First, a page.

It's not unreasonable to assume that high levels of physical activity might compensate. But it's only above the two-hour threshold that you start to see the negative psychological effect of screen viewing.

Is it the actual screen time that correlates with poor psychological well-being in kids, or is it a sedentary lifestyle in general? If you're plopped down to read a book, you're also inherently not getting exercise.
In this paper it's the TV and computer use that's more strongly associated with negative well-being. There's lots of evidence that physical activity is good for mental health for children, but you can't rely on it to compensate for high levels of screen viewing. It helps, but it doesn't seem to help enough for high levels of screen viewing.

Being inactive isn't the problem—it's what you're doing in your inactive time. Essentially, it does seem to be something about the medium.

Why do you think the medium matters?

This is an association, and we are following up with these children, and we'll follow them into adolescence. There was no correlation between high amounts of time spent inactive and negative psychological health. It's not so much that you're not moving—it's that you're watching TV or playing a computer game. So it's the medium or media.

Does there seem to be much difference between boys and girls?
You generally don't see much of a gender difference at this age.

Do you think this correlation would likely hold true for adults, too?
It seems to be whether adults are moving or not. There are some suggestions in the literature that sedentary time, but not what you're doing, is more important—but it's not a consistent picture in the literature.

In your recent study you actually found that physical activity was not always associated with good psychological health. That seems surprising, given previous findings.
The dominant view is more activity in young people is associated with better mental health. But there are two other sides, which relate to hyperactivity and conduct problems: The more physical activity you do the better your emotional well-being, but the worse you do on these hyperactivity and conduct problems.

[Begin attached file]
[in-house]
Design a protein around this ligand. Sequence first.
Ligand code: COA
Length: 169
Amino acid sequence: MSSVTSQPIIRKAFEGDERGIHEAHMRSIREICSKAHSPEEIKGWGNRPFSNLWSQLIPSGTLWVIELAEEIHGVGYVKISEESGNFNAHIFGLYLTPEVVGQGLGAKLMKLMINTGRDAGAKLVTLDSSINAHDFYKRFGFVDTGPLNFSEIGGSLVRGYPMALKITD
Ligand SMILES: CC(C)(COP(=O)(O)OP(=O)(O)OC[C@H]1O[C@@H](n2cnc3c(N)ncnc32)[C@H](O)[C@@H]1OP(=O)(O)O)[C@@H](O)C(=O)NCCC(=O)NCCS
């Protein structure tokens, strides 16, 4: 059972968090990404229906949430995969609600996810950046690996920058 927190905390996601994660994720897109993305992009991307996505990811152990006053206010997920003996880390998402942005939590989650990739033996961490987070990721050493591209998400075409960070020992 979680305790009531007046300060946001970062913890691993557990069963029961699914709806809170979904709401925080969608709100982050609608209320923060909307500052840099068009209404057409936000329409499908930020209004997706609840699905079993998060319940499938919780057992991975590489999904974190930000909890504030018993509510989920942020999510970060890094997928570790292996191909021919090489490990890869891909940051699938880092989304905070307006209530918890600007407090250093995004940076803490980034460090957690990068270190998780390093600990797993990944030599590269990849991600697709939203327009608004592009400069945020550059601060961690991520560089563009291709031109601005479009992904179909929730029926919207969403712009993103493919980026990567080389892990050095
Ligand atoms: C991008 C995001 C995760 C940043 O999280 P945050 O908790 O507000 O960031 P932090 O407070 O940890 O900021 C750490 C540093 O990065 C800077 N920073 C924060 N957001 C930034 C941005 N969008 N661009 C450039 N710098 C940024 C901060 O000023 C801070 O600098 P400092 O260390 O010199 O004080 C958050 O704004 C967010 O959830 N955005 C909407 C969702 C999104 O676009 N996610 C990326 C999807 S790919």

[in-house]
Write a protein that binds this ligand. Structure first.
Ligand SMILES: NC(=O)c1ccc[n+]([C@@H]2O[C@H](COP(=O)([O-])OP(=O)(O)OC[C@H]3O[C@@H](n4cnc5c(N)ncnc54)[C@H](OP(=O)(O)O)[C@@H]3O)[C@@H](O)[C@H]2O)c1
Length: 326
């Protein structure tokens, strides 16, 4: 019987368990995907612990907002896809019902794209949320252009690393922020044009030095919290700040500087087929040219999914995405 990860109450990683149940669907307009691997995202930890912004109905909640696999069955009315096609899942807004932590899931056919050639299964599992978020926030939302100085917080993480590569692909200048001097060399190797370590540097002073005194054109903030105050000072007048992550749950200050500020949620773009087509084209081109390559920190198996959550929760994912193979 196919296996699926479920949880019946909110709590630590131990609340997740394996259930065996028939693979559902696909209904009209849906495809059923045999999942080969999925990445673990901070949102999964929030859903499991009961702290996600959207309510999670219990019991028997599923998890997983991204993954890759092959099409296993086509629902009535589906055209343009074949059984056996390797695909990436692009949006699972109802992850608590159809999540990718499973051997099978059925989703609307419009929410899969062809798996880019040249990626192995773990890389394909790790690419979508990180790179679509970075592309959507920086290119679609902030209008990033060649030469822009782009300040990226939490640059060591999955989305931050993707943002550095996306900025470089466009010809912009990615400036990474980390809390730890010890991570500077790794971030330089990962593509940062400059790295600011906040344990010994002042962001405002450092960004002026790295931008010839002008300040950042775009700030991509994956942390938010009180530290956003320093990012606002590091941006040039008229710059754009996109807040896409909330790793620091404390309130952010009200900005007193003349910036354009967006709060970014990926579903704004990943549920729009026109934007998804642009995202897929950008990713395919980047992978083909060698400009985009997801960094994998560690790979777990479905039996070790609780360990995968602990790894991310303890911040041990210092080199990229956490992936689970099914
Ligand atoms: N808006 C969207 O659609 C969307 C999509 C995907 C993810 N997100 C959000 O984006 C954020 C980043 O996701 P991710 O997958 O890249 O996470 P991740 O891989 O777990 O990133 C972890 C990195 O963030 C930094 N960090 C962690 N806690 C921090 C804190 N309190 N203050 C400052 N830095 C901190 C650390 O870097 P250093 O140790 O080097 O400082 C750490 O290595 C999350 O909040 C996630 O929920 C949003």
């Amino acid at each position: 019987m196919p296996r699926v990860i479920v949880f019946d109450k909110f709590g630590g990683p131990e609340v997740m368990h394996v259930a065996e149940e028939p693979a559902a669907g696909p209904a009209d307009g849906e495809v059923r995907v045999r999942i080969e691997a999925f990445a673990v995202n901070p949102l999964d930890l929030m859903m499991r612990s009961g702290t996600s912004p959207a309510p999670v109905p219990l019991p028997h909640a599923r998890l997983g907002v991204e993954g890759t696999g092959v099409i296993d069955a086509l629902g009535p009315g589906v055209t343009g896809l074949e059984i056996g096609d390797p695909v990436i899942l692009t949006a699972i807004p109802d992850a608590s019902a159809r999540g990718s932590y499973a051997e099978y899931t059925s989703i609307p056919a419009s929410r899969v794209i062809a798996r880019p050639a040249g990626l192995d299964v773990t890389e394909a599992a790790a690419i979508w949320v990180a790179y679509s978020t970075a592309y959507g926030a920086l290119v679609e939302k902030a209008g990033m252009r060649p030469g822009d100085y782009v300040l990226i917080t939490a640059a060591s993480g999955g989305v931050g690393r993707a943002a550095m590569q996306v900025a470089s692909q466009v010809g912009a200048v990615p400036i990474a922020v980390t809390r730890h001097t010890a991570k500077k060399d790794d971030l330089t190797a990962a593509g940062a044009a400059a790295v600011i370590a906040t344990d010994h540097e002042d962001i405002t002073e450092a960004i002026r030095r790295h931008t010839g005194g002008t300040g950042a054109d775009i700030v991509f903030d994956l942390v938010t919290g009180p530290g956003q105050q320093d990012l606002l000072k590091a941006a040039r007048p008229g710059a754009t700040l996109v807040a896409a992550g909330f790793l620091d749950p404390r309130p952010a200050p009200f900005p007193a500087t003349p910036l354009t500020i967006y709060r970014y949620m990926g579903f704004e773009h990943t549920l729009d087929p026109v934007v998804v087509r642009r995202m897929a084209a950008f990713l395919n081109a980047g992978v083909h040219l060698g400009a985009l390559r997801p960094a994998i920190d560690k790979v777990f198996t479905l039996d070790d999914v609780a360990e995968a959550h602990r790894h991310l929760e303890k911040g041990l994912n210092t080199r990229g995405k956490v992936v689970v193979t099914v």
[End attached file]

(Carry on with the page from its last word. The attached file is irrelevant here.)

What's the likelihood that children who have underlying emotional or psychological troubles are just more likely to "plug in" to electronic media than those who are mentally healthier?
What we are doing now is following up on these children to determine whether it's one that comes before the other. At the moment, we don't know the direction—it could be either. We're following them up to sort out that directionality issue and to see what are the factors that influence the high screen viewing so we can start to think about how we might intervene. For instance, are parents more important or friends?

So is screen time in excess of two hours a day something that could be useful in the future to help flag underlying psychological problems in children?
We used a very simple measure, so I'm not sure I'd use screen viewing as a marker.

It's a behavior that parents could manipulate to help with problems. It's quite a specific behavior compared with physical activity. I think this is kind of a palatable message. It's feasible and achievable—and probably desirable.

Rights & Permissions
Share this Article:

Comments

You must sign in or register as a ScientificAmerican.com member to submit a comment.
Scientific American Holiday Sale

Limited Time Only!

Get 50% off Digital Gifts

Hurry sale ends 12/31 >

X

Email this Article

X